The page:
11.(C) Drawing on President Bush's September 23 Executive
Order seeking a worldwide freez of terrorists' assets,
the Ambassador described the deficiencies in Nigeria's money
laundering regime, as identified by the Financial
Action Task Force (FATF). Most crucial is the need for
legislative reform to criminalize all forms of money
laundering and establish a strong, unambiguous central point
of authority for all anti-money laundering efforts in
Nigeria. A high level of cash liquidity and inadequate
financial controls, make Nigeria's economy conducive
to money laundering, stressed Jeter. The Attorney General
agreed with this assessment and claimed that the
GON is working to correct these weaknesses through
legislative changes to the existing 1995 money laundering
law and the creation of a "Financial Crimes Commission" (FCC)
capable of fighting all forms of
financial crime including money laundering. Ige agreed with
the Ambassador's assertion that this FCC could serve
as a central coordinating body for handling money laundering
issues. Minister of State Abdullahi
interjected that, during the AG's recent absence, he had
supervised the drafting of the new legislation
to create the FCC, which has been sent to the President for
approval. Abullahi agreed to provide the Mission a copy of
the draft bill.




Comment


--------------------------




12.(C) This was the Mission's first substantive meeting with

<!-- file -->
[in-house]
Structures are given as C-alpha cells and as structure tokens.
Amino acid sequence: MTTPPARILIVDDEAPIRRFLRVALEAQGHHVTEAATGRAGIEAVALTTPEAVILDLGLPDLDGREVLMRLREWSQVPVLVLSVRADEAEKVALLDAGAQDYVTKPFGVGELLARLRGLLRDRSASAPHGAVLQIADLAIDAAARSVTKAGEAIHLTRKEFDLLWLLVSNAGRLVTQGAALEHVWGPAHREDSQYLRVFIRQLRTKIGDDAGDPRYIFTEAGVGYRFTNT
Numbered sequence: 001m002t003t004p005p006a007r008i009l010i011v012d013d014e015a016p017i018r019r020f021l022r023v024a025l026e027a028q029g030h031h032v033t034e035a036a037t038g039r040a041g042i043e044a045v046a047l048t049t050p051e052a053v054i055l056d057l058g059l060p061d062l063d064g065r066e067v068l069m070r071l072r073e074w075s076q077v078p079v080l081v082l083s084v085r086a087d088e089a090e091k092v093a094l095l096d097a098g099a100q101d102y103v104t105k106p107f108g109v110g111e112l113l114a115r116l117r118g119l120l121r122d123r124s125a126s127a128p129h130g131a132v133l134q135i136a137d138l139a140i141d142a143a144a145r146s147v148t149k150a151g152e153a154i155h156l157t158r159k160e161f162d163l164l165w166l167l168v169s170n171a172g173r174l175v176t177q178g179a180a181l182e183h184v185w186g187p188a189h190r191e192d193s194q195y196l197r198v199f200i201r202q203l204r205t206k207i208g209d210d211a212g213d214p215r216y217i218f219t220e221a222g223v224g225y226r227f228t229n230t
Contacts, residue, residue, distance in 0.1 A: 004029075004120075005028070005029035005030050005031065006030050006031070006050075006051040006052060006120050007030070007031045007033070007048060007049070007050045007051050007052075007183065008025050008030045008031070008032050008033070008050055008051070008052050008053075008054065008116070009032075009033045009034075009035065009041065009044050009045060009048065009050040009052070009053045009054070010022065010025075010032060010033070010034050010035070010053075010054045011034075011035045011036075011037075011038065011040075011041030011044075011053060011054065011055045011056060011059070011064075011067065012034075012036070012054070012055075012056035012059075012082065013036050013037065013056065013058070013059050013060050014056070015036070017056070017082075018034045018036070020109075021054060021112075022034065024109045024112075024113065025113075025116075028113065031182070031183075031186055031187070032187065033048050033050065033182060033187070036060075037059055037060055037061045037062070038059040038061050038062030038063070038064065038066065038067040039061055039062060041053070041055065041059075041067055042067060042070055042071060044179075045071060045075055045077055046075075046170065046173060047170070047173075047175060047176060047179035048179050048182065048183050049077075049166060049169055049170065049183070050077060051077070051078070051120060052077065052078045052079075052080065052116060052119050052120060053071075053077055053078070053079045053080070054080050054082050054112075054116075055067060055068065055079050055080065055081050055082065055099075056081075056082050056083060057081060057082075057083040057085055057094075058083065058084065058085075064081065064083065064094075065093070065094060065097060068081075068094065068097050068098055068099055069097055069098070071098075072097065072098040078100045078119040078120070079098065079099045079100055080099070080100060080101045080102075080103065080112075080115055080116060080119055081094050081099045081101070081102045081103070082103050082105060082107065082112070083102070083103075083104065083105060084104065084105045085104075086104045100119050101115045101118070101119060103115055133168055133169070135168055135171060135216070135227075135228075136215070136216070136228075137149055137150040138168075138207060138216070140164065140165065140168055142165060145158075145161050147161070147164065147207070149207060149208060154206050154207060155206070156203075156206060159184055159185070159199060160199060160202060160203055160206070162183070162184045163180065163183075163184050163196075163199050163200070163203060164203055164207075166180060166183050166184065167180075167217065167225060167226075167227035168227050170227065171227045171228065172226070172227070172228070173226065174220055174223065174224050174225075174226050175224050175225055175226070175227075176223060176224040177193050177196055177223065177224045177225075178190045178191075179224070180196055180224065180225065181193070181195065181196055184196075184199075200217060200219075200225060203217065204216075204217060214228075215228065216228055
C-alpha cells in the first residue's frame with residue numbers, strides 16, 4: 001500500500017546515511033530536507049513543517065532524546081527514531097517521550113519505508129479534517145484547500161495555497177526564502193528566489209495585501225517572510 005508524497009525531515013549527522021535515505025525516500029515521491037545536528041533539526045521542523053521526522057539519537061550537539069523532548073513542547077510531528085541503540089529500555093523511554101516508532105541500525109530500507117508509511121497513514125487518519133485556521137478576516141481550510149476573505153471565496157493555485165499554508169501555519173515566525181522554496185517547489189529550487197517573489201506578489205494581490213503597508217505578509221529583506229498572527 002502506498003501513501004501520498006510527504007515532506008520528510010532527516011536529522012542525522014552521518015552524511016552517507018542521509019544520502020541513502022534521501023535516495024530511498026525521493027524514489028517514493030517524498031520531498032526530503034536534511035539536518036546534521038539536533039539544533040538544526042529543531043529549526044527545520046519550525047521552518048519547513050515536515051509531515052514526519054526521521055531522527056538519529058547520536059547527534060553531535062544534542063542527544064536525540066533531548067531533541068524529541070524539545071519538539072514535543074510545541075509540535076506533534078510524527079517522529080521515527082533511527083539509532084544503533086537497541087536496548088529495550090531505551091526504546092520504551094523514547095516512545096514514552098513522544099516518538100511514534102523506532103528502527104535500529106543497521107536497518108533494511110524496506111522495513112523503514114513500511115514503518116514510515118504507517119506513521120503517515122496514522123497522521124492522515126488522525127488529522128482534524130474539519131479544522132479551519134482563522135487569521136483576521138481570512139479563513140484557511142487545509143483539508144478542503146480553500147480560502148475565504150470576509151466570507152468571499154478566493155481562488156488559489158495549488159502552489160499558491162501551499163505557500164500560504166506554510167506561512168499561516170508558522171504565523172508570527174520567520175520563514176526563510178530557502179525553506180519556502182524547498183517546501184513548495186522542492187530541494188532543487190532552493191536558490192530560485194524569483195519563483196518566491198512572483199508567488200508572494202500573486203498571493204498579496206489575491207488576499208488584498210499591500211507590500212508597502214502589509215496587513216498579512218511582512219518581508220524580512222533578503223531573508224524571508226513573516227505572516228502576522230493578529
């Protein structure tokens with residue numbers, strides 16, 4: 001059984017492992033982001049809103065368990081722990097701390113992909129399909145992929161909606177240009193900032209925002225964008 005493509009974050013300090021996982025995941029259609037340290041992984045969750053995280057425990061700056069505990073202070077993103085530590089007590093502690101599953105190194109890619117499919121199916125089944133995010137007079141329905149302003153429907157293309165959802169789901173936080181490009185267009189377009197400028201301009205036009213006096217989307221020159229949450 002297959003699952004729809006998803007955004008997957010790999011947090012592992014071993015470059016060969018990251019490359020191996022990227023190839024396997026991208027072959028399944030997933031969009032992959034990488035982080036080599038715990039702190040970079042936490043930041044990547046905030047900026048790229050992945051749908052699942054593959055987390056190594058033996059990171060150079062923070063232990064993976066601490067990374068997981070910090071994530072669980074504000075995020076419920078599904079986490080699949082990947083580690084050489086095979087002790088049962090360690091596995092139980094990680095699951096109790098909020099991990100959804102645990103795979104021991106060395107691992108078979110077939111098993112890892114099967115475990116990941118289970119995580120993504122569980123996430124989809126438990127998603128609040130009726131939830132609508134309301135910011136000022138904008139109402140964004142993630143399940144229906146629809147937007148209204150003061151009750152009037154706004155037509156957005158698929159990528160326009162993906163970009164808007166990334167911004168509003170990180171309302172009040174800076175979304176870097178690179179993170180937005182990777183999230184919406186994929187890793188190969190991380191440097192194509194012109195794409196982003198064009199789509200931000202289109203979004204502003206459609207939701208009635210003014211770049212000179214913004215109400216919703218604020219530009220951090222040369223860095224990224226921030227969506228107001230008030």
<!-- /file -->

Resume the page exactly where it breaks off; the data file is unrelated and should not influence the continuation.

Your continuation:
the AG in several months. With the approach of the
2002 and 2003 elections, the AG is becoming increasingly
consumed with political responsibilities (Ige is a senior
leader of the AD Party and the quasi-political Yoruba
socio-cultural organization "Afenifere"). His extended
absences from the Justice Ministry were evident in his lack
of currency on several issues. That said, however, Ige
remains capable of intervening directly with the President, a
long-time friend, to achieve results on a particular law
enforcement or judicial issue. We expect to see tangible
responses on some, but not all of the concerns presented to
Ige. Given his Ministry's role as architect of the new
Financial Crimes Commission, we particularly hope that he
absorbs and relays our concerns on money laundering to the
President -- a message the Ambassador has presented
consistently to senior GON officials during the past few
weeks.
Jeter